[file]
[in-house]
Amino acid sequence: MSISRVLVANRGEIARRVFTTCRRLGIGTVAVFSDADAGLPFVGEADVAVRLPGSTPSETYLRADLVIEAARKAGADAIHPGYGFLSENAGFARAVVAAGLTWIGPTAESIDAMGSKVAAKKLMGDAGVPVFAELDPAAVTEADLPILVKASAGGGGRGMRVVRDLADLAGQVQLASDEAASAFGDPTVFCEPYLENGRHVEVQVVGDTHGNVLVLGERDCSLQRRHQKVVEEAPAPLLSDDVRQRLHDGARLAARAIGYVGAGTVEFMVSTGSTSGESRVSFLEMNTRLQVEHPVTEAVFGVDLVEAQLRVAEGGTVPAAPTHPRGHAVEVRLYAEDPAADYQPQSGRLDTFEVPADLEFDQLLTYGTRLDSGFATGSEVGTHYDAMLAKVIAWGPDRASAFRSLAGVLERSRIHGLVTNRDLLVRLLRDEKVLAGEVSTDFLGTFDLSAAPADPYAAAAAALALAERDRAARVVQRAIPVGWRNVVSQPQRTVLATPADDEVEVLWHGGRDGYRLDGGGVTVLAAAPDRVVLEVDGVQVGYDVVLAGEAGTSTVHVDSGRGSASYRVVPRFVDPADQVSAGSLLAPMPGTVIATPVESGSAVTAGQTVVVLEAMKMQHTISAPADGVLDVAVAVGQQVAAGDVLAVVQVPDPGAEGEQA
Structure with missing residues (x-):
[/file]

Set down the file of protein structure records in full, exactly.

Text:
[in-house]
Amino acid sequence: MSISRVLVANRGEIARRVFTTCRRLGIGTVAVFSDADAGLPFVGEADVAVRLPGSTPSETYLRADLVIEAARKAGADAIHPGYGFLSENAGFARAVVAAGLTWIGPTAESIDAMGSKVAAKKLMGDAGVPVFAELDPAAVTEADLPILVKASAGGGGRGMRVVRDLADLAGQVQLASDEAASAFGDPTVFCEPYLENGRHVEVQVVGDTHGNVLVLGERDCSLQRRHQKVVEEAPAPLLSDDVRQRLHDGARLAARAIGYVGAGTVEFMVSTGSTSGESRVSFLEMNTRLQVEHPVTEAVFGVDLVEAQLRVAEGGTVPAAPTHPRGHAVEVRLYAEDPAADYQPQSGRLDTFEVPADLEFDQLLTYGTRLDSGFATGSEVGTHYDAMLAKVIAWGPDRASAFRSLAGVLERSRIHGLVTNRDLLVRLLRDEKVLAGEVSTDFLGTFDLSAAPADPYAAAAAALALAERDRAARVVQRAIPVGWRNVVSQPQRTVLATPADDEVEVLWHGGRDGYRLDGGGVTVLAAAPDRVVLEVDGVQVGYDVVLAGEAGTSTVHVDSGRGSASYRVVPRFVDPADQVSAGSLLAPMPGTVIATPVESGSAVTAGQTVVVLEAMKMQHTISAPADGVLDVAVAVGQQVAAGDVLAVVQVPDPGAEGEQA
Structure with missing residues (x-):